Long time, wide screen
By Eliot Hochberg (email@example.com), September 18, 2002
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I don’t know if you guys missed it, but it’s been a while since I did a New Hollywood Workshop series. Finally, here’s a new one! And I think I can safely say it was worth the wait…
Recently, I took the fairly major step of placing an ad in the local yellow pages. You have to spend money to make money, as they say. Well, there is no DVD authoring section, so I’m right there in video duplicating. There are some competitors there, too — some are big duplication houses. Being in Santa Monica, CA, means that there are quite a few, but not all of them tout their DVD services. There’s only one company that competes with me directly, but it is listed in another section, and its ad focuses on Mom and Dad putting their videos onto DVD for under $200. That means it’s quite likely the company is using a DVD-R recorder instead of any kind of authoring suite so there isn’t too much customization. It looks like I’m in a pretty good spot, at least for this year.
So far, though, I haven’t received a huge number of calls for DVDs. A few folks have asked for VHS duplication; I’m pretty sure they figure I’d be cheaper than one of the bigger houses, but of course I don’t advertise VHS duplication, so I’m a little confused. I also received a couple of DVD question calls, which I have answered and perhaps laid some groundwork for future work; we'll have to see.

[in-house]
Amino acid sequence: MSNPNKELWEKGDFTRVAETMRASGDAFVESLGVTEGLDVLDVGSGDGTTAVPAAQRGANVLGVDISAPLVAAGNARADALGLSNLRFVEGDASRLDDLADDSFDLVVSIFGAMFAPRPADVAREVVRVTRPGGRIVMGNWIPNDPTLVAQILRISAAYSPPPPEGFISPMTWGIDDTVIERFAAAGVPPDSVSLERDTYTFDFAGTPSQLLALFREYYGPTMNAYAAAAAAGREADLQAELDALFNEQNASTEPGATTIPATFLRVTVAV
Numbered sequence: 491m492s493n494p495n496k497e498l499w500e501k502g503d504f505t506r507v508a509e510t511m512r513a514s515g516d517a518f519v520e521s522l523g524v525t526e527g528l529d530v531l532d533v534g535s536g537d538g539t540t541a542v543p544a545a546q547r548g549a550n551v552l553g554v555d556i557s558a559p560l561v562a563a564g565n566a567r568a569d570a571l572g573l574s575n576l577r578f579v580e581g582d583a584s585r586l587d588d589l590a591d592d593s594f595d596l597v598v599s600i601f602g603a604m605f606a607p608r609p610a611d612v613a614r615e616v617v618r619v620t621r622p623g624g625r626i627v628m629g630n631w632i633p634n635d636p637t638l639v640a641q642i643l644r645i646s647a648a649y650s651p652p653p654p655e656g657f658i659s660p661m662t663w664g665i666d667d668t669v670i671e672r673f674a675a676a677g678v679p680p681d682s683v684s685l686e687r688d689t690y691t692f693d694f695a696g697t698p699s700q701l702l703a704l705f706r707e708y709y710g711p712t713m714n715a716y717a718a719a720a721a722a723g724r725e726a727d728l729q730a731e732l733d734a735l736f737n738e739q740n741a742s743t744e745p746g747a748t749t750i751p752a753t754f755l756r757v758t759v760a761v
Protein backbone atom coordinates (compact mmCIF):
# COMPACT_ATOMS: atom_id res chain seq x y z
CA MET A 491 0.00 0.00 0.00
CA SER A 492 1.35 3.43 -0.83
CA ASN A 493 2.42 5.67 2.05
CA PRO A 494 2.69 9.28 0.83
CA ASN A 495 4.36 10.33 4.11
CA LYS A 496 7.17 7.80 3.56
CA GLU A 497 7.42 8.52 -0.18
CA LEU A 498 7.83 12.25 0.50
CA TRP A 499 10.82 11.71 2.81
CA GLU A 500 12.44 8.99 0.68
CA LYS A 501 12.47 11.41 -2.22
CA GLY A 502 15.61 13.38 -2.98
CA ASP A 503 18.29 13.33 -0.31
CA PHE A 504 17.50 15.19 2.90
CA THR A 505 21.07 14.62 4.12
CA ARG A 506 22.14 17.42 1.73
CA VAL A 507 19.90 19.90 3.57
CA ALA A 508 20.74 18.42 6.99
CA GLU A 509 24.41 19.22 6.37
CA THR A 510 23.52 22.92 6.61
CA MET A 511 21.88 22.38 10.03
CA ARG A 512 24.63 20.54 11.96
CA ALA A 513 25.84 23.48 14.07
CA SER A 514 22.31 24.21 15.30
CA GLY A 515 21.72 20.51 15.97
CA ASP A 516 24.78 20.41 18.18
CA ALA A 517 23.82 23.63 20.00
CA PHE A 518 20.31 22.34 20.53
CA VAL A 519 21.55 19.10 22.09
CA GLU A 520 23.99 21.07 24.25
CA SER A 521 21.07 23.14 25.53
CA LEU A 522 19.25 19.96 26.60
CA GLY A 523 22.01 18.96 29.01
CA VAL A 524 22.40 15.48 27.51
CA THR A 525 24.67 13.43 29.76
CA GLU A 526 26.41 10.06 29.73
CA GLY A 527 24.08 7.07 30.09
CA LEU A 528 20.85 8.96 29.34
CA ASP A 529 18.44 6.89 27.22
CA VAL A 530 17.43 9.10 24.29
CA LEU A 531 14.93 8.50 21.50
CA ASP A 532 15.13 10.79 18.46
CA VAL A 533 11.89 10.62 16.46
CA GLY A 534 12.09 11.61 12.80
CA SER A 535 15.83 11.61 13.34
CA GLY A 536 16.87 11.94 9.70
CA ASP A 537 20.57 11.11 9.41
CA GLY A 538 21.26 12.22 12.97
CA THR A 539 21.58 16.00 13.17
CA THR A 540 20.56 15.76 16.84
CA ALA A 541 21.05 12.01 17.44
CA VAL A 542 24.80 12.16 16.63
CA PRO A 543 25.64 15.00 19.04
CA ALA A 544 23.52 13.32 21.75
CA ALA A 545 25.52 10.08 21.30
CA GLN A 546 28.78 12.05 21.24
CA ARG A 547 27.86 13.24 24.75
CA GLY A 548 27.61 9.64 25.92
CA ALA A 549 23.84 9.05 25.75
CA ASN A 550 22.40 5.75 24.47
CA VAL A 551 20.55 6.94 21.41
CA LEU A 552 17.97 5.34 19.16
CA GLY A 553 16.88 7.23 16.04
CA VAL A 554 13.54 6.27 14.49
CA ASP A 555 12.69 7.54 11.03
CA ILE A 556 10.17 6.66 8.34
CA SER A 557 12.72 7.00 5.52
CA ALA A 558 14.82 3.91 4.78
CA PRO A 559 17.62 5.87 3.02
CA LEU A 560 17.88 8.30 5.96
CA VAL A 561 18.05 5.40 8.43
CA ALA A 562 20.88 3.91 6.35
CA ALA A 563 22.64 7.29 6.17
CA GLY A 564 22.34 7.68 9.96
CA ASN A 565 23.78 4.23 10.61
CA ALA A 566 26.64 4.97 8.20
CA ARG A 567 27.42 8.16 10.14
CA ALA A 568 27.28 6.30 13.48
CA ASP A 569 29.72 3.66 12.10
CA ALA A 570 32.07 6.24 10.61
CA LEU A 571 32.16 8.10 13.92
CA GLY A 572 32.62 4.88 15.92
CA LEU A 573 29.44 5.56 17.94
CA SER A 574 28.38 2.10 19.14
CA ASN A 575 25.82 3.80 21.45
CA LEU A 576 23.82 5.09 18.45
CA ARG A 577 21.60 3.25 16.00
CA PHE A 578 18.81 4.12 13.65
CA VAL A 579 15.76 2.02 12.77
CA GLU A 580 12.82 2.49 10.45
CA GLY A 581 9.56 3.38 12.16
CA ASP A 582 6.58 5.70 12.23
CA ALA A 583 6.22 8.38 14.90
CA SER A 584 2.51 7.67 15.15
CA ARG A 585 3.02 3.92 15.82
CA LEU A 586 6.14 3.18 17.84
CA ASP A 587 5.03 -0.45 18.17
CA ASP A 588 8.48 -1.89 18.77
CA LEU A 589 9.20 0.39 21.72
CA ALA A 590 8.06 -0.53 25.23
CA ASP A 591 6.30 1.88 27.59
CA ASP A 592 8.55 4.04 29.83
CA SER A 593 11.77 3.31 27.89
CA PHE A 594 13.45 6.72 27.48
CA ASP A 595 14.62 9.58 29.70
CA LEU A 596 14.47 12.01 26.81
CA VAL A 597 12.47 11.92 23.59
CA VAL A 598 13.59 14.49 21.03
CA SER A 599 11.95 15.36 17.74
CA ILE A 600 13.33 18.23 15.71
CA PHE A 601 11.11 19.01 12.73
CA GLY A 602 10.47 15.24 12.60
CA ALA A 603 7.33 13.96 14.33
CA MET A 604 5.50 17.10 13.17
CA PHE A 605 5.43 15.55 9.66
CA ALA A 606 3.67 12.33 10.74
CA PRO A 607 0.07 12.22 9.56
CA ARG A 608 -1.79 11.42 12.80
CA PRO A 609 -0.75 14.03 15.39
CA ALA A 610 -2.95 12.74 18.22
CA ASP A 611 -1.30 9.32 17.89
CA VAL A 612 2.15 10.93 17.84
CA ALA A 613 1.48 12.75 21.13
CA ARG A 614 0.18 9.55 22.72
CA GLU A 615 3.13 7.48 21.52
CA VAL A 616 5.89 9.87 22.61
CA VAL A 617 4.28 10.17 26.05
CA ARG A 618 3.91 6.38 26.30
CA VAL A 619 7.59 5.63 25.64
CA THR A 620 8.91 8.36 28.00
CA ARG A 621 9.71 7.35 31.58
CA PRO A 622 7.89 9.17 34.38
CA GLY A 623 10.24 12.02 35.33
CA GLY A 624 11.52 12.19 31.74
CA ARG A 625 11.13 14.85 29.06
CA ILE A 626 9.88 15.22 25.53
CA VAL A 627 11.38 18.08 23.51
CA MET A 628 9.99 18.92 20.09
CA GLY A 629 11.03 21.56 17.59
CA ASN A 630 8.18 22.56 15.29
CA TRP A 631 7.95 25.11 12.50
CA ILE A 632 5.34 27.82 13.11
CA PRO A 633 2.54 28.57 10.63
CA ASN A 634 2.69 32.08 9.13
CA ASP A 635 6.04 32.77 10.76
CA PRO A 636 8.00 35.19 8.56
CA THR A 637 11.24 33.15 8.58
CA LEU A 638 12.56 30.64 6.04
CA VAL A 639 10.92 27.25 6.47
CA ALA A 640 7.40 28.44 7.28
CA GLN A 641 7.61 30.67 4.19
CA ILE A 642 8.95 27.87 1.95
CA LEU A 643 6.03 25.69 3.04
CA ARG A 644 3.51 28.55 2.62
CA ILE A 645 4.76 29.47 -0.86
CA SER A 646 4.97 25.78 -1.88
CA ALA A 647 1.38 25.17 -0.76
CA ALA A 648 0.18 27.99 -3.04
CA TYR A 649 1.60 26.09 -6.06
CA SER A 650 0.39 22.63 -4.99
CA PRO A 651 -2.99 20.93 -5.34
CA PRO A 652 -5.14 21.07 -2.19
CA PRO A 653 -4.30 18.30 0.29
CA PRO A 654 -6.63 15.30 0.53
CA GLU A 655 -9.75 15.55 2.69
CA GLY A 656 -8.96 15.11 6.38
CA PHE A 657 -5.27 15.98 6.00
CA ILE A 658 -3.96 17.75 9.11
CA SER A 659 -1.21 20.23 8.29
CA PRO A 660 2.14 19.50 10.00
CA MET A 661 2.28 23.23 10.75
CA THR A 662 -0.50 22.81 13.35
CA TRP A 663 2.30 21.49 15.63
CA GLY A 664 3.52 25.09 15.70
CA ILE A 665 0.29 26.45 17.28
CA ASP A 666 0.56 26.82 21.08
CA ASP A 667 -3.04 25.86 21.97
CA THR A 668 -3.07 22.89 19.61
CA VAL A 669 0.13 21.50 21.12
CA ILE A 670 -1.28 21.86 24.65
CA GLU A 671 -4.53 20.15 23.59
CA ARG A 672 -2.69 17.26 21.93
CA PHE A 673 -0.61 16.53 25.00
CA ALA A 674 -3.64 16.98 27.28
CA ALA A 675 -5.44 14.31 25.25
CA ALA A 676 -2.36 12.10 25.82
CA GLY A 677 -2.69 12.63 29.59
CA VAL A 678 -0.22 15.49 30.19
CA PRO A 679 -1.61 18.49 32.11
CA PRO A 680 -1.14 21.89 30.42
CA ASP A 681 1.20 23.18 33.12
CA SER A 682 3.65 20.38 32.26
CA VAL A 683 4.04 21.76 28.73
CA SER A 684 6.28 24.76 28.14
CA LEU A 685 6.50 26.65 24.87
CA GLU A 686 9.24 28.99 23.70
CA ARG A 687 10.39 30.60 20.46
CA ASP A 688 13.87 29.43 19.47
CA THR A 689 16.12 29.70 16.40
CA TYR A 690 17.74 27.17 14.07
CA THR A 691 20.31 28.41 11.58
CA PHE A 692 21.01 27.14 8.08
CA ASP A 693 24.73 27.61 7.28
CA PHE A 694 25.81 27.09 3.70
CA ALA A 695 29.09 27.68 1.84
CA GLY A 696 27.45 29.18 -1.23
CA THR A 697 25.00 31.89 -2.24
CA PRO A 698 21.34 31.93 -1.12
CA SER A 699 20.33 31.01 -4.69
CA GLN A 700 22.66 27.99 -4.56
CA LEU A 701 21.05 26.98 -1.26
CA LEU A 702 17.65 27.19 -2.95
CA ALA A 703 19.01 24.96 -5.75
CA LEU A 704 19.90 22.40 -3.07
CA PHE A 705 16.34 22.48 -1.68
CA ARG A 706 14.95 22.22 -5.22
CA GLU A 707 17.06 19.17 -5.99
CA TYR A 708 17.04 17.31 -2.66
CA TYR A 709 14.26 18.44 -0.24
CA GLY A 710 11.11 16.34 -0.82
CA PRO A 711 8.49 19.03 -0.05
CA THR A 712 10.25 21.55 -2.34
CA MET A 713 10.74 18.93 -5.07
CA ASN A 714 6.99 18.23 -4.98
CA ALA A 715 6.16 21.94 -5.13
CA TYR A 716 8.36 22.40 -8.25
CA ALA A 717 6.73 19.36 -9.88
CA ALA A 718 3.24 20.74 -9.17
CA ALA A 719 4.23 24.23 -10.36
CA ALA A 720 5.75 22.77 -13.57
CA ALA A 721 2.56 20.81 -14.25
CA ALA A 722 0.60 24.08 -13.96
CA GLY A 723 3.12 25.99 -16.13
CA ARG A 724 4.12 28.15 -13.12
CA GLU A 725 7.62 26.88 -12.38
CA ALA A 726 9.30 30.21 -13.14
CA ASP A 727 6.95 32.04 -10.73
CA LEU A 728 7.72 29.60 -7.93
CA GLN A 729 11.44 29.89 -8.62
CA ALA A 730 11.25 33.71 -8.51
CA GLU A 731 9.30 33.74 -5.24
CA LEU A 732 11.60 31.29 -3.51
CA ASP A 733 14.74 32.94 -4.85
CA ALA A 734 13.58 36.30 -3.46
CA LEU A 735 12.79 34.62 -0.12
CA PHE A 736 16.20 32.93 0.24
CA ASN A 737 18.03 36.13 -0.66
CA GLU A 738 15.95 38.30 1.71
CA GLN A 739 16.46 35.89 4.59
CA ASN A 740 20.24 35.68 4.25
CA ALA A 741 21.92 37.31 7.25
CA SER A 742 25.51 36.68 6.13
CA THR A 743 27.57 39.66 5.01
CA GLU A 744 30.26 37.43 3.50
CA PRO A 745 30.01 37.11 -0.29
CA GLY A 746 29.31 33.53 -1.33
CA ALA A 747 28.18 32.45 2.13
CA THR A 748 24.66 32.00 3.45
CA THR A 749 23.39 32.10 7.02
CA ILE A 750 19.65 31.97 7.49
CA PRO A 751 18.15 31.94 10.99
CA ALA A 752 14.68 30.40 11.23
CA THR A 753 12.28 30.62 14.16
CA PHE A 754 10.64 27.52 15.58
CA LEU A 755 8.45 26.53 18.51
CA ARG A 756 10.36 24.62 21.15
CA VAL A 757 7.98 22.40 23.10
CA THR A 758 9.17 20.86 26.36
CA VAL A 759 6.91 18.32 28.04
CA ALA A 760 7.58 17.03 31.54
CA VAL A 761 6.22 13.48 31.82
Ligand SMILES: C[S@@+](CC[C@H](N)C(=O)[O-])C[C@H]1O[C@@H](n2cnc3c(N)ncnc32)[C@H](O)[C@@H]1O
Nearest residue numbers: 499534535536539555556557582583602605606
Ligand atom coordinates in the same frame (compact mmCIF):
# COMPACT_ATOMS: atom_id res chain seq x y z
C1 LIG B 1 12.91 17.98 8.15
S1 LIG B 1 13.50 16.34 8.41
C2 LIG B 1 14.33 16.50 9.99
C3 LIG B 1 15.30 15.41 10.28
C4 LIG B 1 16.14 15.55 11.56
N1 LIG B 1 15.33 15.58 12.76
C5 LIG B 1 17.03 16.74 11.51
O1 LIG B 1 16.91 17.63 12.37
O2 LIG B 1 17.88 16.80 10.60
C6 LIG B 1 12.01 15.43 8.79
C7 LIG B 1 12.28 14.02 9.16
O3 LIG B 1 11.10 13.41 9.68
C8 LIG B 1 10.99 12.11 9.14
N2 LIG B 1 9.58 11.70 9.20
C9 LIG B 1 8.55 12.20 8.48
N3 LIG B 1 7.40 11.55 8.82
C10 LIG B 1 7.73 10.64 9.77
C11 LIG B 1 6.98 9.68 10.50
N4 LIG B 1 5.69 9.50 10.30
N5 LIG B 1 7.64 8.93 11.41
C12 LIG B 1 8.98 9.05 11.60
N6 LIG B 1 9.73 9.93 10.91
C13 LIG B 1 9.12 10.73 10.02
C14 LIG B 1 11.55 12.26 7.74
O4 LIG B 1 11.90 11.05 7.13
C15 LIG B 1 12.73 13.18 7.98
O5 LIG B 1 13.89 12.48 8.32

(Shameless plug: If you’re in the area and need my services, drop me a line.)
But this article is about a real client. A fellow named Robert Benson (who was kind enough to let me tell a bit of his story) called me two weeks ago, asking if I knew how to make an anamorphic 16:9 DVD. He had asked around various authoring places, and hadn’t received any good answers about how to transfer his anamorphic 16:9 footage of his short film “The Bad Father.” As in my writing, my goal in business is to be as straightforward as possible. I told him I hadn’t done an anamorphic 16:9 DVD nor dealt with any footage like that, but I did know what it was and thought that I could figure out how to do what was necessary. Here’s an explanation of what anamorphic 16:9 video is, for those not in the know.
Originally, nearly all films were shot in 4:3. When TV became popular, the film studios started to fear that people wouldn’t go out to movies anymore. That’s when the idea of widescreen became popular. The thinking went that in order to differentiate film, the aspect ratio should be different. Thus, we get “Academy Flat,” “Cinemascope,” and “Panavision.” For a great description and history, check out The Ultimate Guide to Anamorphic Widescreen DVD.